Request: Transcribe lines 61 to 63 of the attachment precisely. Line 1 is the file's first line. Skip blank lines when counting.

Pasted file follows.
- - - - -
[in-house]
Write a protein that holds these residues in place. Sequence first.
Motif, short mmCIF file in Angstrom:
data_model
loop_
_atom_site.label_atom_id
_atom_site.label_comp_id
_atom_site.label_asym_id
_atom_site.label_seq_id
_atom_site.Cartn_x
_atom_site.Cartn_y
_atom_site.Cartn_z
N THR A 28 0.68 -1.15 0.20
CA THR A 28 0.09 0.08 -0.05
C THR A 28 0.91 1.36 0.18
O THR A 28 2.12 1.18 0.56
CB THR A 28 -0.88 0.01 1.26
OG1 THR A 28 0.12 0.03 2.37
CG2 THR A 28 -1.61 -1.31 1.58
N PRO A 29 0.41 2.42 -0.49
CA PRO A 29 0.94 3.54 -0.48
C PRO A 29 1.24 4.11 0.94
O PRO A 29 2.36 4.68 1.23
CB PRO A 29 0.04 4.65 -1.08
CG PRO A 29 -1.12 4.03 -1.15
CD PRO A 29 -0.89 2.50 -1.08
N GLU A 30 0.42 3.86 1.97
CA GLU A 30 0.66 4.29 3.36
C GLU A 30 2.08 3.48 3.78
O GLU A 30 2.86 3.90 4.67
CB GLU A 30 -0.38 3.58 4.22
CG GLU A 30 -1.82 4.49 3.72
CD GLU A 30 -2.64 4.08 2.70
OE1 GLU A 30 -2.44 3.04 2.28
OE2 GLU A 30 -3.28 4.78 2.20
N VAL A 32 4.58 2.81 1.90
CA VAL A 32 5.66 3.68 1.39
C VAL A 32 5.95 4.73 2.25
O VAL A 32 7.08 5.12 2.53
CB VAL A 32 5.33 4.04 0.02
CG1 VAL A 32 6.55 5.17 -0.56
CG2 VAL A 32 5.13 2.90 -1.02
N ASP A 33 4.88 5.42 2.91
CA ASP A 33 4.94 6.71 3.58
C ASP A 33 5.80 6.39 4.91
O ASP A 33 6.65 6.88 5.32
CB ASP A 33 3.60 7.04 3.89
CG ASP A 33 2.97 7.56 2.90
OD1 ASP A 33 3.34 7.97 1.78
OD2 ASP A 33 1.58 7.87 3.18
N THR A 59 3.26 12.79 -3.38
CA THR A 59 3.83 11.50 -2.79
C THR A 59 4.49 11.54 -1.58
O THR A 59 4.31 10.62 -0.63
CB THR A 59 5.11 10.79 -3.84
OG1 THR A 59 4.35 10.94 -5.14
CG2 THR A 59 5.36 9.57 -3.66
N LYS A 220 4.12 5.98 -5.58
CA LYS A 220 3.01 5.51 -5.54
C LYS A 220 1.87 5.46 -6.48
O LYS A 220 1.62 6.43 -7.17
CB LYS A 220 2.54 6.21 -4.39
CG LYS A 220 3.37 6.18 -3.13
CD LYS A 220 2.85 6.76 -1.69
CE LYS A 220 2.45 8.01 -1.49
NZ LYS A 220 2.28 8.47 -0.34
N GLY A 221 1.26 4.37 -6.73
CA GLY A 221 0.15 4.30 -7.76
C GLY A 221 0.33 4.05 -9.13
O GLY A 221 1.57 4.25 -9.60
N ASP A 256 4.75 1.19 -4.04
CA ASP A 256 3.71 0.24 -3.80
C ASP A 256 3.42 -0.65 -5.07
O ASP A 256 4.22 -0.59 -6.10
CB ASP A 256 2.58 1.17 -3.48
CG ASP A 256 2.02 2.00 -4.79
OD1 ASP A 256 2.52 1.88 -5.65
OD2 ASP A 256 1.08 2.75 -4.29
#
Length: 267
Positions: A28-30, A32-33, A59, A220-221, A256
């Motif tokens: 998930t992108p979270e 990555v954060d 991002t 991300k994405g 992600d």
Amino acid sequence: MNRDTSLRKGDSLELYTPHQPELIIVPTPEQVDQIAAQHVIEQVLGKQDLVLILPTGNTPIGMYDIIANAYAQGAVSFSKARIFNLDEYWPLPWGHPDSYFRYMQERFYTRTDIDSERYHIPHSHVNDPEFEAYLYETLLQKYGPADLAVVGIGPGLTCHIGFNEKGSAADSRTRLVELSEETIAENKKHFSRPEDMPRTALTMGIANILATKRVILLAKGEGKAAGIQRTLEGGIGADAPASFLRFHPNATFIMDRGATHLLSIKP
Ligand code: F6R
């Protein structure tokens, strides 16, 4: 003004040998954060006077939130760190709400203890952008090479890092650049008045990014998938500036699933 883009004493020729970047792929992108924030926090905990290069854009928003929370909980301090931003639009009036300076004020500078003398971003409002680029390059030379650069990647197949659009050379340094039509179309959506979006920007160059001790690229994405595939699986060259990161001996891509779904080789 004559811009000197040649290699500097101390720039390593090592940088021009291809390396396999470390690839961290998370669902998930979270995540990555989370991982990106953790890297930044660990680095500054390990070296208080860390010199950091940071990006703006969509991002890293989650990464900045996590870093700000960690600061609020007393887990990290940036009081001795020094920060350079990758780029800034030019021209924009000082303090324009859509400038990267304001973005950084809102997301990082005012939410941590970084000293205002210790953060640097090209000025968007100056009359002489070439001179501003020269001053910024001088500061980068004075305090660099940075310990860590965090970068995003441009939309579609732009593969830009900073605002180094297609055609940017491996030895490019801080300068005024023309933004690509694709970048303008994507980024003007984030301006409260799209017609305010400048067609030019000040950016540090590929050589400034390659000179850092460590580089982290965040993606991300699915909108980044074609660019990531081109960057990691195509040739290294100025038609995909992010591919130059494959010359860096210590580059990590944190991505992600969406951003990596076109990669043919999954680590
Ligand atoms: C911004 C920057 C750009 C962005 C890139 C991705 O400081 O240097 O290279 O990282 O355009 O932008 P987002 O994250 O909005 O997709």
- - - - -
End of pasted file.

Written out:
O LYS A 220 1.62 6.43 -7.17
CB LYS A 220 2.54 6.21 -4.39
CG LYS A 220 3.37 6.18 -3.13